The new CISO's playbook: 5 rules to follow

Today’s privacy and regulatory requirements, breadth of threats and bad employee behavior require chief information security officers to add some new moves to the old playbook.

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When Michelle Stewart was hired in August 2017 as the CISO at RentPath, a digital marketing company for the real estate rental industry, she knew she had to add some new rules to her CISO playbook. Times had changed since she last took over a new security leadership role. Once considered primarily a technology job, today’s CISO must be a business enabler who can communicate in business terms the value of their security initiatives.

Many of the fundamental first steps and best practices that a new CISO should take to quickly become an effective security leader haven’t changed much over the last several years. First, they must assess the security situation, then develop a good security team and build relationships and credibility with business leaders and executives. But some of these traditional rules now come with caveats.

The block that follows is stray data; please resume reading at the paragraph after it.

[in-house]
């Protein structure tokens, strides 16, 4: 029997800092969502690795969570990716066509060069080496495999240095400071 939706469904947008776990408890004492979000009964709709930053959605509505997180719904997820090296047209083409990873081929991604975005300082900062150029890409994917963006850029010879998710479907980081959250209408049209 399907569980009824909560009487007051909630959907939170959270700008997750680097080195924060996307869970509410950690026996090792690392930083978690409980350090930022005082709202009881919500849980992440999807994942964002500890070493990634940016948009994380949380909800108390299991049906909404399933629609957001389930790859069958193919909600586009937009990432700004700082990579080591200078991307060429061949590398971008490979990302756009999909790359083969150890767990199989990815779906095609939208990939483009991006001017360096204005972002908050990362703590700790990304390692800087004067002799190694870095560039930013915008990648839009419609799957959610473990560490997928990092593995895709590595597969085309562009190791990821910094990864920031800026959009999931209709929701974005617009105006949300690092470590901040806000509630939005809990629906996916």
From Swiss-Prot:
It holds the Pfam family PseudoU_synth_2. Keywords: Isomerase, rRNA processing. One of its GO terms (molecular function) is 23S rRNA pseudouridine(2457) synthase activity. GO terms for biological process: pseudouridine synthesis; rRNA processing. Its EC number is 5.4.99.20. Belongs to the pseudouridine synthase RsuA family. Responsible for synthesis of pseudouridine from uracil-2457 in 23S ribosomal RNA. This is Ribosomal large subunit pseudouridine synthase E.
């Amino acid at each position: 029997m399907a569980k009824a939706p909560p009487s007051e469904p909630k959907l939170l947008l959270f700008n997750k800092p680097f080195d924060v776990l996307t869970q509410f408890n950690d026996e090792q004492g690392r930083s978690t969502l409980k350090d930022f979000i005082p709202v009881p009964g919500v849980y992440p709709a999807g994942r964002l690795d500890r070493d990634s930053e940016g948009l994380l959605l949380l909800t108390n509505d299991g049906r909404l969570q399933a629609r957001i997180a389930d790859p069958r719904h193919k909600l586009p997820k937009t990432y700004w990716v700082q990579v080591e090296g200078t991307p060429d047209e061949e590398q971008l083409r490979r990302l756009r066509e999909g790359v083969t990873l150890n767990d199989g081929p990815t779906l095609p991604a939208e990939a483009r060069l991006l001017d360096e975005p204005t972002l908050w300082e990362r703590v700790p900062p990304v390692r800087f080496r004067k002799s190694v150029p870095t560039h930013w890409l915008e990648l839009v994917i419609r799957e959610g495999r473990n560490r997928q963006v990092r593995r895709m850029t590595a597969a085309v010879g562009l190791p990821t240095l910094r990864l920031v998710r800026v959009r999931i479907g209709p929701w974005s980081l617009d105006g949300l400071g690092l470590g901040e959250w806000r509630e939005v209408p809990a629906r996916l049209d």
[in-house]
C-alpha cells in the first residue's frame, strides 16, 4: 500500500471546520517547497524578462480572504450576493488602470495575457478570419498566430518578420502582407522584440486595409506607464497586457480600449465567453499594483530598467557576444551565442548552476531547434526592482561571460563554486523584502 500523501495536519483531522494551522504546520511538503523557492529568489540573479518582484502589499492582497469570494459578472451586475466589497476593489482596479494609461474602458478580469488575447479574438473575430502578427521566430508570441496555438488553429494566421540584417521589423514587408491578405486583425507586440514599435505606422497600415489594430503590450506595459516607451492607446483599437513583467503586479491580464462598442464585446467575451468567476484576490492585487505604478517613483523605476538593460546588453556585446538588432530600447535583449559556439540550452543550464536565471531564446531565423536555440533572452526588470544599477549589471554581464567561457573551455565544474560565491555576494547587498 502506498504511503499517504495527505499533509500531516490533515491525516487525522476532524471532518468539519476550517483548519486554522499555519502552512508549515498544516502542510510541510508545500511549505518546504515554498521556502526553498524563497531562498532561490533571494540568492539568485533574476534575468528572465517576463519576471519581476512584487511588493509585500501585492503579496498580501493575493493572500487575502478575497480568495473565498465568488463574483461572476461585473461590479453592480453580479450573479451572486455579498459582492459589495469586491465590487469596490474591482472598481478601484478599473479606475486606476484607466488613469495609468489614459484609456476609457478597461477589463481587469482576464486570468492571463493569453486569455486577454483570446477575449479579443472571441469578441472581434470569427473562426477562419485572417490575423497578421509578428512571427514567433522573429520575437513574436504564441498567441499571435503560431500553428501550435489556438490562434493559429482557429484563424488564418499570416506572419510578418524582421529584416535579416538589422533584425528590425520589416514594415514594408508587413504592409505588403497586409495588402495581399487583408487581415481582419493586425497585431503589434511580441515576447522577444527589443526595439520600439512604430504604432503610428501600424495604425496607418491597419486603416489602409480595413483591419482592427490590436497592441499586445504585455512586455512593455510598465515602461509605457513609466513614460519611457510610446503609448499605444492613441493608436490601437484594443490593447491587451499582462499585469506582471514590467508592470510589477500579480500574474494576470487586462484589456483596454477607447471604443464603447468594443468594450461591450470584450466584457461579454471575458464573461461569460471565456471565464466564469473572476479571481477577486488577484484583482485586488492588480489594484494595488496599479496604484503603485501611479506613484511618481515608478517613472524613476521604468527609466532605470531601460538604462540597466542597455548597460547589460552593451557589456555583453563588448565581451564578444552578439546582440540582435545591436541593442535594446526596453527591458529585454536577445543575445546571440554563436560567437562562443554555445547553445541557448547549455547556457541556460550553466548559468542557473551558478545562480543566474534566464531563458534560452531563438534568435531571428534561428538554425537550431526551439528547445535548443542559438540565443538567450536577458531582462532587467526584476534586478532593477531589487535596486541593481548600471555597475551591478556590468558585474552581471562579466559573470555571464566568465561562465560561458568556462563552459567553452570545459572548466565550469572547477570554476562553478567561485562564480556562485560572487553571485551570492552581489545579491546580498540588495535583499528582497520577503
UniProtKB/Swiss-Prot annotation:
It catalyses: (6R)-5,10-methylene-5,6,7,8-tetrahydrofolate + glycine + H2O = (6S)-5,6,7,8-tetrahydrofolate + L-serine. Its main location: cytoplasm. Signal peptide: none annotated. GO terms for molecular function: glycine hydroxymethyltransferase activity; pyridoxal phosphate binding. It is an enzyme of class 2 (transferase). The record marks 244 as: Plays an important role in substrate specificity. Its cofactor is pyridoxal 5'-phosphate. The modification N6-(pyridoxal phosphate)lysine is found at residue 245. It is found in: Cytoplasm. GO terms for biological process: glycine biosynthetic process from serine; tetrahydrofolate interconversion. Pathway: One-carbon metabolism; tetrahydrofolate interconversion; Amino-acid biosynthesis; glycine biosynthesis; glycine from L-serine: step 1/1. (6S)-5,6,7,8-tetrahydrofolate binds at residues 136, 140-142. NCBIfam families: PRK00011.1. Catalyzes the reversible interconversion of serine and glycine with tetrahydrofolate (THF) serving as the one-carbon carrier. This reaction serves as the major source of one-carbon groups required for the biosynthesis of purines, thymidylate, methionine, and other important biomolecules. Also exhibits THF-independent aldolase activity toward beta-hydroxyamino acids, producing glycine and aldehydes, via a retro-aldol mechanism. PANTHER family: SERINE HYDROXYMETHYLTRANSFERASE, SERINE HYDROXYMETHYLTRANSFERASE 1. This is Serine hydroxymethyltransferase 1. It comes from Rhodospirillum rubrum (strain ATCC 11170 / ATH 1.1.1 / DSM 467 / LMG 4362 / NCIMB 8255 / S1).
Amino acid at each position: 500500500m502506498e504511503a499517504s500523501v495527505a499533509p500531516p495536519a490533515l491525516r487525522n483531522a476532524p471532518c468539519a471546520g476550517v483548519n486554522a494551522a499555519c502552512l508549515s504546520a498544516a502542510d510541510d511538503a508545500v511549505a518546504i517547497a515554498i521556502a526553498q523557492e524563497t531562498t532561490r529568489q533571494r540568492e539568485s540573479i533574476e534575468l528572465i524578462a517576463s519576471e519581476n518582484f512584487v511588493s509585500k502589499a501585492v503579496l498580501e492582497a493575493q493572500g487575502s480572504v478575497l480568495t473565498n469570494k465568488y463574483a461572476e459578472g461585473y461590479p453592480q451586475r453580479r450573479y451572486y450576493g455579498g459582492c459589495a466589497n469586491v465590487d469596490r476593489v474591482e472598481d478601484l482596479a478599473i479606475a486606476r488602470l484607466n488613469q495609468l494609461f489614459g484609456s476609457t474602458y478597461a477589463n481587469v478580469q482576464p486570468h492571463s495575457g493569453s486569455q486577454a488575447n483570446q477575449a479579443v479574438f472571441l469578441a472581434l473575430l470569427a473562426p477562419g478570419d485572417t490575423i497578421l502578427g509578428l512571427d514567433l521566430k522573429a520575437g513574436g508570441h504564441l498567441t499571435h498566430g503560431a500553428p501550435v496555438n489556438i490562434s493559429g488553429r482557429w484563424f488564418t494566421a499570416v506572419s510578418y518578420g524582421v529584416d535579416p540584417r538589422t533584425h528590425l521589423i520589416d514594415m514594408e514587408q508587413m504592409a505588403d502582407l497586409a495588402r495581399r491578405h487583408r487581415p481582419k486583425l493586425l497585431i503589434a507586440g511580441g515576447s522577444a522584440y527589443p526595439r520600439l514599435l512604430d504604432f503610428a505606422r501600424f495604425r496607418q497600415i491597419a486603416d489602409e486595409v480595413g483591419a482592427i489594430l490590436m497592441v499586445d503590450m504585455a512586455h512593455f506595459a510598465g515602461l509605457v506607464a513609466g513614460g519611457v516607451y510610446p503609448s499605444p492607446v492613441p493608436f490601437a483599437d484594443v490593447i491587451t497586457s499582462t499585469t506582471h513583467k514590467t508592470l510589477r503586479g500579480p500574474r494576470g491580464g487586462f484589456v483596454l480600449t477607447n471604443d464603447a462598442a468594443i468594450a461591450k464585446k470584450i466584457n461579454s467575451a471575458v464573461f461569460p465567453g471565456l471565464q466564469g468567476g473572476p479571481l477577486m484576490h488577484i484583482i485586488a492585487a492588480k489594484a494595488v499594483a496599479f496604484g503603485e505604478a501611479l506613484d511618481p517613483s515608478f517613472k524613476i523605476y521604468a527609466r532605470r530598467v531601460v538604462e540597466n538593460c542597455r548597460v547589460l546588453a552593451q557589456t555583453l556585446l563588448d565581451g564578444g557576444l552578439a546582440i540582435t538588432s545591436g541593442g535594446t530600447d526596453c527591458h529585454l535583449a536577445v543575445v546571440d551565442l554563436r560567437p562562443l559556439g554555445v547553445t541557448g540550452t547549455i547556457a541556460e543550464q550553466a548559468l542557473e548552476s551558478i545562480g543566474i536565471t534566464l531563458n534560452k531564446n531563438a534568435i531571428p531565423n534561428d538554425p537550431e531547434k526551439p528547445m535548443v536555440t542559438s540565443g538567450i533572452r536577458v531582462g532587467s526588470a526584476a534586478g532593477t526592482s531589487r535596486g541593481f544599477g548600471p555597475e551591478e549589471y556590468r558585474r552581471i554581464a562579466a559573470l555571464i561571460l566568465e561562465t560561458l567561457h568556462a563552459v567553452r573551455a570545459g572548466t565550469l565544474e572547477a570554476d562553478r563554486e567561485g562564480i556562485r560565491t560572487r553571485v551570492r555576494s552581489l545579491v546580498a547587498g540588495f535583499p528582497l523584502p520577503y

“Now CISOs are having to flex different muscles, work with a broader set of stakeholders and build an increasingly diverse team to handle different areas of concern,” including regulatory and privacy issues, product security and shadow IT, says Jamey Cummings, a senior client partner who co-leads Korn Ferry’s global cybersecurity practice.

They’ll also need the business acumen to communicate with the board. By 2020, 100 percent of large enterprises will be asked to report to their board of directors on cybersecurity and technology risk at least annually, up from 40 percent of organizations in 2018, according to Gartner.

What’s more, cyber and information security needs are growing more diverse by industry. In today’s environment, “you have to spend more time understanding the industry you’re in and the strategic direction and business priorities of the company,” says Aileen Alexander, a senior client partner who co-leads Korn Ferry’s global cybersecurity practice with Cummings.

CISOs who have successfully made the transition to a new company, along with industry experts, offer five rules that should be part of every new CISO’s playbook.

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